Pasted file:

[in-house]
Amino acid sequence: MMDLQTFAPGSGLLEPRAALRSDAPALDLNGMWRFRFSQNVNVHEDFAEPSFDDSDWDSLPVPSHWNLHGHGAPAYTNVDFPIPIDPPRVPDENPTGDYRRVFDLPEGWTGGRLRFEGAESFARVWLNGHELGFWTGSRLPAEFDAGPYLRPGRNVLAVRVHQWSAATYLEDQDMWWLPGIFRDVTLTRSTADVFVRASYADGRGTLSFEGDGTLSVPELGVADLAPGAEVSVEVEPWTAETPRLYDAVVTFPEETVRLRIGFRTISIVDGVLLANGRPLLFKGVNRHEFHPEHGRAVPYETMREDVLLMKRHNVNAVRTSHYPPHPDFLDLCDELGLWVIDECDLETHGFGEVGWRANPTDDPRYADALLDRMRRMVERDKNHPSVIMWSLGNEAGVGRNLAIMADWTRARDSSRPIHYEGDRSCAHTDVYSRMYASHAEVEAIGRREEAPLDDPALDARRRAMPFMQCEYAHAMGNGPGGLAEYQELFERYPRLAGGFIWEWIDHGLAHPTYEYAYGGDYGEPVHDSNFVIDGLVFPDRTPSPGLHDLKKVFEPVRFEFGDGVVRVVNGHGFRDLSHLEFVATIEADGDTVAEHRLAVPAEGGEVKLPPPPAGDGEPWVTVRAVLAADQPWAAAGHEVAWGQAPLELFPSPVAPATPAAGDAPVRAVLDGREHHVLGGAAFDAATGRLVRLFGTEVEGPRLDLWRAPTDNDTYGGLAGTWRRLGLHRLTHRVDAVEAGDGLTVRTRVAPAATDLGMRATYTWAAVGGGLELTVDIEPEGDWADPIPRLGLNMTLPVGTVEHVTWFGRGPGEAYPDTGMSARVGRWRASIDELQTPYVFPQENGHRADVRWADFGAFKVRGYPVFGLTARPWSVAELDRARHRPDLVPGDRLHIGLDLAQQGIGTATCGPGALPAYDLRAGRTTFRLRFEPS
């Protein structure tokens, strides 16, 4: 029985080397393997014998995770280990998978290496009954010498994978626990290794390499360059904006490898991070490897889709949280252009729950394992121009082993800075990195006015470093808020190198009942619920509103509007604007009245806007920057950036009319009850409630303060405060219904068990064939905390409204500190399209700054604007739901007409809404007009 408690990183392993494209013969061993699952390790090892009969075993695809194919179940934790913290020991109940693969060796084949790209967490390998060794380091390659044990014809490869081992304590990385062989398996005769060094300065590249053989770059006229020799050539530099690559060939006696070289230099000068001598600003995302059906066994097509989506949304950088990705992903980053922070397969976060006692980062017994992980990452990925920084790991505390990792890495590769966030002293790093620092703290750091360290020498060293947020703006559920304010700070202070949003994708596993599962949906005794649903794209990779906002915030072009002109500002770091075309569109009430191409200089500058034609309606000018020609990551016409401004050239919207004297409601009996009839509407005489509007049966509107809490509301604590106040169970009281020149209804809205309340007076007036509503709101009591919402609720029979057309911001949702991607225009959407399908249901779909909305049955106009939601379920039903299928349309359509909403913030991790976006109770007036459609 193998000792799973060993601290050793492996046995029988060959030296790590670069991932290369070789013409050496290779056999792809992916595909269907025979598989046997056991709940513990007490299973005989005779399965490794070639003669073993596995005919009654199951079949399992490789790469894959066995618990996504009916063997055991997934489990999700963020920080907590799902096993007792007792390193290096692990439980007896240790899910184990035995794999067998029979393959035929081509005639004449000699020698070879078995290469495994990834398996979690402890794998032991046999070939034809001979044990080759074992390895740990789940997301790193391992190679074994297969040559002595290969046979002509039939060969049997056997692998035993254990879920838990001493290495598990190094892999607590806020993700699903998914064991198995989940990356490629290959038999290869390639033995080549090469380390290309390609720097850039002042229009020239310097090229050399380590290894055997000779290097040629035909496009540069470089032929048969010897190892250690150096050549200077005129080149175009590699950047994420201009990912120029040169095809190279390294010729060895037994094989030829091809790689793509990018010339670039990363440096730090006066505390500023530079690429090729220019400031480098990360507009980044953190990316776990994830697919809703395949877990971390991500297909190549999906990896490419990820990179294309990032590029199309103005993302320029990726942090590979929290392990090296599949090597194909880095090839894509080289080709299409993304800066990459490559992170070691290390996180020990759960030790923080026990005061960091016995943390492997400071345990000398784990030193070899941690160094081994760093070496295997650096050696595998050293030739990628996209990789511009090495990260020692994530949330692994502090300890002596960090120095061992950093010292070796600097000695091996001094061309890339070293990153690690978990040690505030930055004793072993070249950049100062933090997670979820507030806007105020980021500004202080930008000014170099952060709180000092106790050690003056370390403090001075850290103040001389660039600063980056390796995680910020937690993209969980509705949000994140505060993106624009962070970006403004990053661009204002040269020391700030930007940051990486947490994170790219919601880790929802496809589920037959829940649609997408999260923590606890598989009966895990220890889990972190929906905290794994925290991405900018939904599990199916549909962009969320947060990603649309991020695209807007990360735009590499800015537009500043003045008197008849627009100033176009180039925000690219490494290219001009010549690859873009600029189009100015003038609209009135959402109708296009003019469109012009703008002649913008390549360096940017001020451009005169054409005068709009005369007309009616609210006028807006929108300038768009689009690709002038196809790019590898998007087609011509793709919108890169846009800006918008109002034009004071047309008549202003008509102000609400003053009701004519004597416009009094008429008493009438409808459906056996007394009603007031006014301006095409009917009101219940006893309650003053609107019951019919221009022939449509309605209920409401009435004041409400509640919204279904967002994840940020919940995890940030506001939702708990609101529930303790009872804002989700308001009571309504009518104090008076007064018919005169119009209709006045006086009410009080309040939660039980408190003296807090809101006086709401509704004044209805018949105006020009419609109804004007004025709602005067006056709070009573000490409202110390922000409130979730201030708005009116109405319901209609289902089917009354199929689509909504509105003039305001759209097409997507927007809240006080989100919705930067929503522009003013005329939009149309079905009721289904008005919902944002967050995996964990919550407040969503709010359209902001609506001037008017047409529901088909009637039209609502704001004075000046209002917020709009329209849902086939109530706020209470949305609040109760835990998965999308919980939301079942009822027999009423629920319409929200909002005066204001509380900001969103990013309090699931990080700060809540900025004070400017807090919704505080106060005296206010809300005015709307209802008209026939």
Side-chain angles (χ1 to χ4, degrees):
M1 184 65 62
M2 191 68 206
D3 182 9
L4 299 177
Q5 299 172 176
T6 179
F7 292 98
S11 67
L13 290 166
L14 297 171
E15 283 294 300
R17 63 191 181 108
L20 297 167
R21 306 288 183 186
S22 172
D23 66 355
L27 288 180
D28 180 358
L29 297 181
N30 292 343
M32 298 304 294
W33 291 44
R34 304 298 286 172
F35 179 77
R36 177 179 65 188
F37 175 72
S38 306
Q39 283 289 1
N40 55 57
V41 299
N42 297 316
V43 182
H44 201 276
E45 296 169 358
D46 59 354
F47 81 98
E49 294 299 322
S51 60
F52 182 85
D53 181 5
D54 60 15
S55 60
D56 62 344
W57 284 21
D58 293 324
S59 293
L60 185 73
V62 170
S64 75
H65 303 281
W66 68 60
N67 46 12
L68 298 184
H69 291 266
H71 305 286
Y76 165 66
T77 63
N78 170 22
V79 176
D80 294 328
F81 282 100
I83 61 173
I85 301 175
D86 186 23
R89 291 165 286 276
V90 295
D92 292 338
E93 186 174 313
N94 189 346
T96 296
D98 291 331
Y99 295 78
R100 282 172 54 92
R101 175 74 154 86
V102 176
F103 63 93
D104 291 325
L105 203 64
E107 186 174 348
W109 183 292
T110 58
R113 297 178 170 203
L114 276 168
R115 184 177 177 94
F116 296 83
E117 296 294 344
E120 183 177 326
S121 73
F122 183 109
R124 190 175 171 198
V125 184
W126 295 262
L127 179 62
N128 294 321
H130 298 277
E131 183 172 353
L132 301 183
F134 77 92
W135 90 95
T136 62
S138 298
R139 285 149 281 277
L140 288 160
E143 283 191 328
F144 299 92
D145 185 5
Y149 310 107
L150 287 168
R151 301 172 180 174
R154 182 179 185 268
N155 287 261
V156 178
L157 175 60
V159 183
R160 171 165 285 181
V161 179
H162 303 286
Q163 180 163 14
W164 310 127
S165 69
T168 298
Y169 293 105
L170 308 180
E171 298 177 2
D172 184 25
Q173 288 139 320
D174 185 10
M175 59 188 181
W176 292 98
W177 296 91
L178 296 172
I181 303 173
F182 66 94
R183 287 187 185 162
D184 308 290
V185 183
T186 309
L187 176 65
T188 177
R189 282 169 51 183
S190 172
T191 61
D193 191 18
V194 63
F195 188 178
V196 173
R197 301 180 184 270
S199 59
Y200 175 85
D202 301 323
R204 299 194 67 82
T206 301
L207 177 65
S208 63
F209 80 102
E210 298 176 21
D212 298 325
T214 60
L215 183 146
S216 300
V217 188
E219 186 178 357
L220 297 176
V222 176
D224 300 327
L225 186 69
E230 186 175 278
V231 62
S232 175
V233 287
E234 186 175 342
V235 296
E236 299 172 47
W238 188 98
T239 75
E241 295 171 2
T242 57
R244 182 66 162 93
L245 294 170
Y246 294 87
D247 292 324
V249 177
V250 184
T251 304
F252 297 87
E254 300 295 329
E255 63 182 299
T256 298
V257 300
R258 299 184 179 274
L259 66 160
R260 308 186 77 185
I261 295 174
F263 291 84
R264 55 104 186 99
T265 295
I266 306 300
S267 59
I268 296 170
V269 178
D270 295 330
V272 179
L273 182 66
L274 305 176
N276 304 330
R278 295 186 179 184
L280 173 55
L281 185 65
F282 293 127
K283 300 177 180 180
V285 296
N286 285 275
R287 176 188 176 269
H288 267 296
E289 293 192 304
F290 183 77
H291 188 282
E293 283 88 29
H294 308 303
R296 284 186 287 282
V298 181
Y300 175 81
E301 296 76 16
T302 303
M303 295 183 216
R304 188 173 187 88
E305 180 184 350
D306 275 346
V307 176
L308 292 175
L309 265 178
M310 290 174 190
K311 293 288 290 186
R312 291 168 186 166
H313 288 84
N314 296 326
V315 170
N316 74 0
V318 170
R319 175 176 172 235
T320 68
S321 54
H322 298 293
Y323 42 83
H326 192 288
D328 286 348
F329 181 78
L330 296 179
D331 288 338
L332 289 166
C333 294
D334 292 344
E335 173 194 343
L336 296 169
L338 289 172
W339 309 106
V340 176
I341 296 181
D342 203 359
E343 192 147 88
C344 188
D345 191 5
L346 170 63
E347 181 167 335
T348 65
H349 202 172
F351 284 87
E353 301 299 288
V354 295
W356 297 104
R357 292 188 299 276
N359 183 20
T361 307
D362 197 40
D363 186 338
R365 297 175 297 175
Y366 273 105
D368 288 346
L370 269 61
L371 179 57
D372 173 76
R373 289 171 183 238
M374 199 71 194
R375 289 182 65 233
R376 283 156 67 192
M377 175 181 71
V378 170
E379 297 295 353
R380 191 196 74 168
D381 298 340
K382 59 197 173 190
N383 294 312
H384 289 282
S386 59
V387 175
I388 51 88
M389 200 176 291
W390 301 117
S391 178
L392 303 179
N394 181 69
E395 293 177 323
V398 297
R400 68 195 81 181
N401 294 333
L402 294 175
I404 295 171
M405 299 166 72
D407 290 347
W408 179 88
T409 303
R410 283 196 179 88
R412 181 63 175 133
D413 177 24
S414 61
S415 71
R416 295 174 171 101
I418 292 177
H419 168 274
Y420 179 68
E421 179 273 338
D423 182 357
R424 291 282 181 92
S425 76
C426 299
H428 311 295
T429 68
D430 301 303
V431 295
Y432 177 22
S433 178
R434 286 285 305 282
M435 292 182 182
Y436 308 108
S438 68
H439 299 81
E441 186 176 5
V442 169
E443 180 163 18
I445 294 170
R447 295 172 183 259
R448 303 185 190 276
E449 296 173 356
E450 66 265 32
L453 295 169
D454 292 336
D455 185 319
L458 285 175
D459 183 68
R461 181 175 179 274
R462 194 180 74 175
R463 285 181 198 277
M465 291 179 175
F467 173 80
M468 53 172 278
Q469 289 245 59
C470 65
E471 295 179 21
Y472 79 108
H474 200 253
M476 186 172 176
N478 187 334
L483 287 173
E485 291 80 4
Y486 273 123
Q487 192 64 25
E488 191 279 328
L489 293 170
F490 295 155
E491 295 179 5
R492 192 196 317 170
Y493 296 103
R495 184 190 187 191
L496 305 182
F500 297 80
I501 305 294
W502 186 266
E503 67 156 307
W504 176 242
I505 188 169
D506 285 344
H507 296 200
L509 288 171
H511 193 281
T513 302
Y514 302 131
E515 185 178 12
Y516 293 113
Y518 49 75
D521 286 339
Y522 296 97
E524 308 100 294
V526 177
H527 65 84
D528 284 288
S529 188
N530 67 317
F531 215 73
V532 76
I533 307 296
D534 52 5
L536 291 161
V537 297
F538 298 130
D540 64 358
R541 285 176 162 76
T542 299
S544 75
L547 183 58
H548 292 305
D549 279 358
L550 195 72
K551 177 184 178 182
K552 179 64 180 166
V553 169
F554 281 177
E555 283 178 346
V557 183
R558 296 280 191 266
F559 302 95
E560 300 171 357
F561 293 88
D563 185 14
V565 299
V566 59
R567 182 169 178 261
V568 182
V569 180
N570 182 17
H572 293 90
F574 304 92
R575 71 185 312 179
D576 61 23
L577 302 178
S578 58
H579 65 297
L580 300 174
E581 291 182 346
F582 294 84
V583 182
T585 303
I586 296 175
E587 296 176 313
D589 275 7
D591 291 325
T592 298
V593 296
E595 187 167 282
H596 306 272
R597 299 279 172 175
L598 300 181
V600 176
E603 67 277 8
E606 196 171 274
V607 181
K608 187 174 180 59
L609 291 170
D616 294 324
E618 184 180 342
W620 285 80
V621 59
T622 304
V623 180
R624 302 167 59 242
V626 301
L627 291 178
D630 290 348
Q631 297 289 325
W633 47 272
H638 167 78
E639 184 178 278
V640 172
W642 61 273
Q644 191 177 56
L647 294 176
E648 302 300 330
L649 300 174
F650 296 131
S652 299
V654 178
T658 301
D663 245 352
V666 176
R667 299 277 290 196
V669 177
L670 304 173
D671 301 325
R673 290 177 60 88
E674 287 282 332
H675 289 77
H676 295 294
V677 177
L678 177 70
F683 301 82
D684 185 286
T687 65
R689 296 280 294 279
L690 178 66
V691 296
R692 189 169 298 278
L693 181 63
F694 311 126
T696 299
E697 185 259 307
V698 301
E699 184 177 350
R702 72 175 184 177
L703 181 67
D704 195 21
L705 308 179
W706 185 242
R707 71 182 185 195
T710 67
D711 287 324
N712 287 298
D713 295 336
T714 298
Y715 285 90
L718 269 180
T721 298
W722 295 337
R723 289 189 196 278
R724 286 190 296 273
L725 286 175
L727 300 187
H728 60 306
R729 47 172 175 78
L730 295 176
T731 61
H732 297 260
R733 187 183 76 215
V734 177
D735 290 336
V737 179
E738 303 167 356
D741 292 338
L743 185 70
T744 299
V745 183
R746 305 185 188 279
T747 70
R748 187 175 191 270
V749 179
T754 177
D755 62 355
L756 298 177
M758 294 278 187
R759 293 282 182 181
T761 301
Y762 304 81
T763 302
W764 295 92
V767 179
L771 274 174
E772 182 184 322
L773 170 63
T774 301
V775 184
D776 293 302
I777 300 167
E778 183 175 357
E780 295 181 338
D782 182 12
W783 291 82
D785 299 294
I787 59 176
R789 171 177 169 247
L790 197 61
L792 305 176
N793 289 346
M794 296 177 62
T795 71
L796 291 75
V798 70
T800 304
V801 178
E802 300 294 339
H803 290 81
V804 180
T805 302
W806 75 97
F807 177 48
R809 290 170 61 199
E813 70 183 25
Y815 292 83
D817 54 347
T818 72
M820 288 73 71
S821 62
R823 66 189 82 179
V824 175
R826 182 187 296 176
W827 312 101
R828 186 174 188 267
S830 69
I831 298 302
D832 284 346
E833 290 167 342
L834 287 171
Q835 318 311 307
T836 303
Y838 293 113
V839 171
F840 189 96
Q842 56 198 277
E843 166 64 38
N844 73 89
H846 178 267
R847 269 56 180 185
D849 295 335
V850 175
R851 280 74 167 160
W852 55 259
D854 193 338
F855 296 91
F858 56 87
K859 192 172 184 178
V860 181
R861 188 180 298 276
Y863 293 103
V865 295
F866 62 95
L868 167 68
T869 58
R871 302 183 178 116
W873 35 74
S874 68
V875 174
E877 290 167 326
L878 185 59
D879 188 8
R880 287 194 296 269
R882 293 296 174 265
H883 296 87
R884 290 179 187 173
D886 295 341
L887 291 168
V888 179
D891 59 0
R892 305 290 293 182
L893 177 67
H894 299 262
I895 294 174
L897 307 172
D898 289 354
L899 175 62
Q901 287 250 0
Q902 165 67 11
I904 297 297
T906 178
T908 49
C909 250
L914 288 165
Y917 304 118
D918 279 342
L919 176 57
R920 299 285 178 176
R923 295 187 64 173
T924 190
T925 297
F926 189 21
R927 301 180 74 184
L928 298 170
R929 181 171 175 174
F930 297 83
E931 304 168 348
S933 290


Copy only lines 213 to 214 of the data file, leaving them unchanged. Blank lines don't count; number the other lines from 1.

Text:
F282 293 127
K283 300 177 180 180